‘Honeymoon’ over for lira after Turkey shoots down Russian jet
The Turkish lira is already this year’s worst performing currency outside Latin America. But after a Turkish F16 jet shot down a Russian bomber near the Syrian border, analysts say the lira is likely to plunge even further, to record lows.
“It’s a bit of an abrupt ending of the honeymoon here for the lira,” Roxana Hulea, an emerging market strategist at Societe Generale in London told Bloomberg. According to her, the Turkish lira will slump to 3.1 per dollar (2.92 as of 8am GMT Monday).
In September, the lira fell to a record low of 3.0752 against the greenback. The Turkish currency won back eight percent through November 20, but last week’s slowdown extended the slide to 20 percent in 2015.
On Saturday, Russian President Vladimir Putin approved economic sanctions against Turkey in response to the downing of the Russian warplane. The measures are intended to hit the Turkish economy where it hurts most, its tourism industry and exports to Russia. They include a ban on Turkish produce, employment of Turkish nationals in Russia, the cancellation of visa-free travel between the countries and a recommendation for Russians not to travel to Turkey.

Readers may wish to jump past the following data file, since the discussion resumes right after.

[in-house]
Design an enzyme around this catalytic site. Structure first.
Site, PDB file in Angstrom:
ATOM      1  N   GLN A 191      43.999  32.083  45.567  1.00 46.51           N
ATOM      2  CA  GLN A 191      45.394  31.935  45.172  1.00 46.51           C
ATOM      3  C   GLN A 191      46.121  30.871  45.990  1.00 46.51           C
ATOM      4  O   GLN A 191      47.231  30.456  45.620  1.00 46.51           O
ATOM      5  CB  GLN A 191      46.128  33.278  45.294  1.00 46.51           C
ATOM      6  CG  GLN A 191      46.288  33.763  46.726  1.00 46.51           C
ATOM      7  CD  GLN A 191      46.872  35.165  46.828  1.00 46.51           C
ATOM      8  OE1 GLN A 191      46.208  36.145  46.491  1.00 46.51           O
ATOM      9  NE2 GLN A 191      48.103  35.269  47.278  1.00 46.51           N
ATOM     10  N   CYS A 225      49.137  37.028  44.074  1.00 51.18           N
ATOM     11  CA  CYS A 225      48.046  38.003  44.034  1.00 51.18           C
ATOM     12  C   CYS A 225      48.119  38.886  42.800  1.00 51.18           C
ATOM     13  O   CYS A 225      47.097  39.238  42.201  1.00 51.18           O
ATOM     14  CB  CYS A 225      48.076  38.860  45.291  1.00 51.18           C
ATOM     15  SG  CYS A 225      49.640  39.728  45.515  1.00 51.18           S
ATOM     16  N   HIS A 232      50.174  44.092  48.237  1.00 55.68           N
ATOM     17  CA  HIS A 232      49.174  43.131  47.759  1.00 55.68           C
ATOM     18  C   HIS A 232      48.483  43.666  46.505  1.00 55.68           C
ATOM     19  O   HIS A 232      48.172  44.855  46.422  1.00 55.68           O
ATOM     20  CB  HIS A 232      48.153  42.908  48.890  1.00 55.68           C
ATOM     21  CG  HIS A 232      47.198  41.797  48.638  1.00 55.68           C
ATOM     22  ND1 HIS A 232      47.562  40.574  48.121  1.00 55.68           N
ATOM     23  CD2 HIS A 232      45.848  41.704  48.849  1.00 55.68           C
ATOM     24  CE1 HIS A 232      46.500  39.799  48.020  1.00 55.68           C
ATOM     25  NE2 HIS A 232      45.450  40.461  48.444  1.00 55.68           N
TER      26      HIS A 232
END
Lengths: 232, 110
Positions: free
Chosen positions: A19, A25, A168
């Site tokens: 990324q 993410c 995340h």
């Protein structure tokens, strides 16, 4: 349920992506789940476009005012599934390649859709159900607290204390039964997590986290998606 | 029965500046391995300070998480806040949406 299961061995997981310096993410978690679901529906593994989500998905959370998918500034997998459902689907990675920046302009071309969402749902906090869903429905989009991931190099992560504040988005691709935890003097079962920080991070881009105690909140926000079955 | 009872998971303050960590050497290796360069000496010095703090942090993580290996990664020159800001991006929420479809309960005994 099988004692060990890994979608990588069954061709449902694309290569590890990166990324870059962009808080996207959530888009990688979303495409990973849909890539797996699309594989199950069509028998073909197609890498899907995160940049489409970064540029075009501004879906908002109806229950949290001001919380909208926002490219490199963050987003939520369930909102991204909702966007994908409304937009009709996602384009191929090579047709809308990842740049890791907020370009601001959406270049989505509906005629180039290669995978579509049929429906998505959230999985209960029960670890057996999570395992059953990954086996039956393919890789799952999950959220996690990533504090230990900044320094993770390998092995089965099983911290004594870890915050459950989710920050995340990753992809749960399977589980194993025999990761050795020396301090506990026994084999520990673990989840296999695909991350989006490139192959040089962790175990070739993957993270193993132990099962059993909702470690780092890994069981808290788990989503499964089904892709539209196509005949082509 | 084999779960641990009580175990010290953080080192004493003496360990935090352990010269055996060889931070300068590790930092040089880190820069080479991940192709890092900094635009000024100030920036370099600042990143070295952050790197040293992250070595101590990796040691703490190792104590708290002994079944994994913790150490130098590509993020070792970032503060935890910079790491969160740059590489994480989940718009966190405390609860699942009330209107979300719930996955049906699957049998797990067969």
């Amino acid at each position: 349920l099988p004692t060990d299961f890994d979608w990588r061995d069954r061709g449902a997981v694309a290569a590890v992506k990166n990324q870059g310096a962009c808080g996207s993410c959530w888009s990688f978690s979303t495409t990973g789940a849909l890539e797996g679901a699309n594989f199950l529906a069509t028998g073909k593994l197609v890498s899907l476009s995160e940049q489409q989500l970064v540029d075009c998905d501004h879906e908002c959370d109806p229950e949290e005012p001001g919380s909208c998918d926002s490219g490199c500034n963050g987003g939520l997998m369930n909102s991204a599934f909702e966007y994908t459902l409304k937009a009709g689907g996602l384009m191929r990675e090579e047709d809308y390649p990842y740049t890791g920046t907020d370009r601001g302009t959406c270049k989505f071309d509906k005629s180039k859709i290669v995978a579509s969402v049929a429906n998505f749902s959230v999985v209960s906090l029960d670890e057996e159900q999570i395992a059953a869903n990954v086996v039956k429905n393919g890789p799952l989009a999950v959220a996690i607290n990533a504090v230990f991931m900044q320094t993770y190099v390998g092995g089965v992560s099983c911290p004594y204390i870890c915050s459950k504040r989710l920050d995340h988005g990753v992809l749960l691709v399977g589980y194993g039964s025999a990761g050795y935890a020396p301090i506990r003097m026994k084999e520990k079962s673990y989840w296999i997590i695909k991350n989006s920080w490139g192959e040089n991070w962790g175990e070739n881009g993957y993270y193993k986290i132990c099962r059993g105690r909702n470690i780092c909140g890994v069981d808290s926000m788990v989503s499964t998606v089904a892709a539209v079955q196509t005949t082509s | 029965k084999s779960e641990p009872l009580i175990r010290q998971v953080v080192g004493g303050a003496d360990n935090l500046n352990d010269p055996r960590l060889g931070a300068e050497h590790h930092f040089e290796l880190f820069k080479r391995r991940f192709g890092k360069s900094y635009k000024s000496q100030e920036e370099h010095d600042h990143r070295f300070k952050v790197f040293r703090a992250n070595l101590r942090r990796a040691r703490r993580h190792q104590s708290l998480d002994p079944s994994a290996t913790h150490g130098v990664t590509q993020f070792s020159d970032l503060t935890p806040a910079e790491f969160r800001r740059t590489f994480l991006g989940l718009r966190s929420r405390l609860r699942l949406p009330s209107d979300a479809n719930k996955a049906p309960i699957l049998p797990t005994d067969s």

Russia was Turkey’s third-largest trading partner in the second quarter of the year. Turkey is also largely dependent on Russian tourists that make up 10 percent of all the visitors coming to the country. 3.3 million Russian holiday makers visited Turkey in the first nine months of the year.
According to the Federation of Turkish hotel owners TÜROFED, Ankara could lose as much as $4.5 billion this year from the loss of Russian tourism alone.
Losing the Russian export market as well as the negative impact of the new visa rules on Turkish investments in Russia is also likely to hurt the lira in the coming months.